4

Next up on deck was the Duck Duck Gooze red wine barrel-aged Gueuze (7% abv): This one poured rich golden with light white head. Mild and slightly sour aromas distinguished themselves most, with virtually no fruitiness, despite being typical of the style. It tasted slightly sweet, with some light grape flavor and a little tartness into the middle. Light in both body and carbonation, this beer finished somewhat tart with a light wine flavor trailing. A little too one-dimensional for me.

3

Closing out the first half of the flight was the Sanyo Ron Diego rum barrel-aged strong ale with spices (12.5%): This beast poured dark red-amber in color and slightly cloudy, with thin white head. It smelled VERY alcoholic, with a little spiciness and a touch of dark fruits. The tastes was quite boozy, with a little spiced raisin and heavy rum flavor. A little brown sugar and maybe a touch of maple revealed themselves going into the middle. Light-bodied and lightly carbonated, the drink finished equally boozy, with overpowering rum alcohol warmth trailing. A little too heavy on the alcohol for me.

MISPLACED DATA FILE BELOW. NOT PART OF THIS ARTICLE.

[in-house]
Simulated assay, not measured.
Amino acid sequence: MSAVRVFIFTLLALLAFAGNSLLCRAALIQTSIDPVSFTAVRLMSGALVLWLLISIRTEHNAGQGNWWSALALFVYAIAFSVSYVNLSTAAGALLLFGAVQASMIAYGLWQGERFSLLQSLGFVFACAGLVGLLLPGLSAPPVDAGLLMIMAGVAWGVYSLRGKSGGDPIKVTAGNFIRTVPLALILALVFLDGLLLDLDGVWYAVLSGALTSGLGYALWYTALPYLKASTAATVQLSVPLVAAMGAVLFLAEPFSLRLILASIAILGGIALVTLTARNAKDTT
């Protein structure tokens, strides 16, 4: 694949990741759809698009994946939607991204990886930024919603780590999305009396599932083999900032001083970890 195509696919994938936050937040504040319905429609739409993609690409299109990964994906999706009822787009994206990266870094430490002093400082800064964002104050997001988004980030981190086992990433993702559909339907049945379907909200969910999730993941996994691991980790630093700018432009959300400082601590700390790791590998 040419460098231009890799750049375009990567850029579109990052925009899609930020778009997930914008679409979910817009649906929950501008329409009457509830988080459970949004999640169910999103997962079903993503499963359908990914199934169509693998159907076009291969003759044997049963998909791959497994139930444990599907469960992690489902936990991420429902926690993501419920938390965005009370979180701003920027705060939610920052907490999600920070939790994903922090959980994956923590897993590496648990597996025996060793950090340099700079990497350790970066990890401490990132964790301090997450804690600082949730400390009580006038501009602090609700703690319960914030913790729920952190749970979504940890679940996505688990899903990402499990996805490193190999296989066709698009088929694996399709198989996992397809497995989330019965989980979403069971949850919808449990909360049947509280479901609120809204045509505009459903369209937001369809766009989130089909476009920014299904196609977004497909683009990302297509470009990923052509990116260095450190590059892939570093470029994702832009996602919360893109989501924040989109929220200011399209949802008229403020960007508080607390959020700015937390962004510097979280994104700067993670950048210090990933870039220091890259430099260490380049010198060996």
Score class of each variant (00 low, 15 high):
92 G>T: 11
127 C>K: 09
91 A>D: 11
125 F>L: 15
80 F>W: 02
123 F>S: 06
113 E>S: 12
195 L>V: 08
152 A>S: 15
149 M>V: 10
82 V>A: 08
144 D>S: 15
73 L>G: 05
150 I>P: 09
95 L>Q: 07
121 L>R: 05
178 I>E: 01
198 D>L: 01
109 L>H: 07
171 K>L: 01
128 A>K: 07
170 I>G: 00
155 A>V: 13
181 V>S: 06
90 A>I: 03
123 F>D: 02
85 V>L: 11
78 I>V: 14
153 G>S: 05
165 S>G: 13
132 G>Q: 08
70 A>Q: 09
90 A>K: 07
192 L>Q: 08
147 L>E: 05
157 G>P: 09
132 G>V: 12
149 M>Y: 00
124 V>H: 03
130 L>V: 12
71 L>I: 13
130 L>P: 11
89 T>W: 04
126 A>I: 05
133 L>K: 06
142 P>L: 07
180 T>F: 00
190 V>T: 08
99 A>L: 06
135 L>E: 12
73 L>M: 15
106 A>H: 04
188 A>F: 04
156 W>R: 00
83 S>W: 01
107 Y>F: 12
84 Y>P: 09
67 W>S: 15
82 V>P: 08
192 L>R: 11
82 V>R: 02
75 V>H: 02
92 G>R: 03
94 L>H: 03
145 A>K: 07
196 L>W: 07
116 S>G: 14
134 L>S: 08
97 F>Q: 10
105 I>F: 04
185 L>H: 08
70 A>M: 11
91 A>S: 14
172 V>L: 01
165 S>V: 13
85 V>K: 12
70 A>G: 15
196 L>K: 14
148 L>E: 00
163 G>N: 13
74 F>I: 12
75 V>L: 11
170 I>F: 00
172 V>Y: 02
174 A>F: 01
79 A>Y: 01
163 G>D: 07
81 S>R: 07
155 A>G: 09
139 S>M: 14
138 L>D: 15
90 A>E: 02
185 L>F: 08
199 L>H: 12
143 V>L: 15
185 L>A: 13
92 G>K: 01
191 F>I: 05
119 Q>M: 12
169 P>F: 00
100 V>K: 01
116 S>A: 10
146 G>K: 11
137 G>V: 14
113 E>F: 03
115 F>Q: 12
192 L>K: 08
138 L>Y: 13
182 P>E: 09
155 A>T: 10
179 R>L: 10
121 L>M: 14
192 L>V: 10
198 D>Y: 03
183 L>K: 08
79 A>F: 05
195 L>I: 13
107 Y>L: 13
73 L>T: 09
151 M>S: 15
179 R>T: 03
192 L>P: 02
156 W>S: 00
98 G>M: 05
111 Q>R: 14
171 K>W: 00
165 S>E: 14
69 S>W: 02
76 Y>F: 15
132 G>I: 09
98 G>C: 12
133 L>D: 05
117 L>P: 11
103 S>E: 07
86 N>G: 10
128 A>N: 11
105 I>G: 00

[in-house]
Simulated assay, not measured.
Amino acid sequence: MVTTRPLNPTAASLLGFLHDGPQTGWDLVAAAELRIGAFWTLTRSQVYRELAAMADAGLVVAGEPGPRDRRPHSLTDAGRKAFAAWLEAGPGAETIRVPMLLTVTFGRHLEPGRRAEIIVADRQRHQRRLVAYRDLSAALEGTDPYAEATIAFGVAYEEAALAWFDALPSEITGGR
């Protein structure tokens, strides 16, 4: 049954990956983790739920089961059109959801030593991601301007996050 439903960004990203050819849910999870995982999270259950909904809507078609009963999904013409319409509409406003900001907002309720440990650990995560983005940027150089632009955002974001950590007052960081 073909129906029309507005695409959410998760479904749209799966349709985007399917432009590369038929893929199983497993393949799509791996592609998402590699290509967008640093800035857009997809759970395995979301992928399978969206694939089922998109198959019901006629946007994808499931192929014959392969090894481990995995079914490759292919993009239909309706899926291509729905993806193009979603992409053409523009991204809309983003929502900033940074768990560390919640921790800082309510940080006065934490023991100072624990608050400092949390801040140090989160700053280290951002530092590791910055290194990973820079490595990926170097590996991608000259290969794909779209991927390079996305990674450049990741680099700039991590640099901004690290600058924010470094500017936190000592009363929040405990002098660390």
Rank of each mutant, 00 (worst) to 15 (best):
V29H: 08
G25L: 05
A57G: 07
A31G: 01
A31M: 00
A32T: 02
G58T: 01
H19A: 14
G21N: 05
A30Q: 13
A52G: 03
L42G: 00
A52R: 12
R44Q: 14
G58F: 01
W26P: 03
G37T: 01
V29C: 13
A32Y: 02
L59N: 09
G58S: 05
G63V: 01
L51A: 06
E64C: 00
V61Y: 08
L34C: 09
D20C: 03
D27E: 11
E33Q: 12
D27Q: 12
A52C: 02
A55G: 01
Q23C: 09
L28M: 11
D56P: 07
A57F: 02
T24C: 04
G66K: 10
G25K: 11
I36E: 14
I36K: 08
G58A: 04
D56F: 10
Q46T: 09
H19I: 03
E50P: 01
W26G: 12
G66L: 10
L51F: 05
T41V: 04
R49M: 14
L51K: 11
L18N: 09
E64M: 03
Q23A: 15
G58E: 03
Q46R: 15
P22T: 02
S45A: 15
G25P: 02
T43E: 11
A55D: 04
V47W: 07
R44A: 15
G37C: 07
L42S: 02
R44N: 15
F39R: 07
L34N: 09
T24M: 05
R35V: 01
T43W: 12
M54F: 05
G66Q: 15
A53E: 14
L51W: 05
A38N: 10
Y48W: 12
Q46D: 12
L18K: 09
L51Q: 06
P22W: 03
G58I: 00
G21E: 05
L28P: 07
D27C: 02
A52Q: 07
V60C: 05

3

Lost Abbey Rare Flight 2After recovering from that last blast of booziness, I staggered (not really) to the bar and ordered the second half of the flight. It began with Red Poppy wine barrel-aged sour ale with sour cherries (5%): This one poured bright, rich red, with thin loose head. It smelled mild and sweet, with noticeable cherry aroma and some maltiness. The taste was somehow both rich and mild. There was some maltiness before cherries kicked in and a little hoppiness into the middle. Light body and light-medium carbonation lead to a sweet finish. I enjoyed how dynamic this one was, not to mention the reprieve from the higher abv of the previous beers.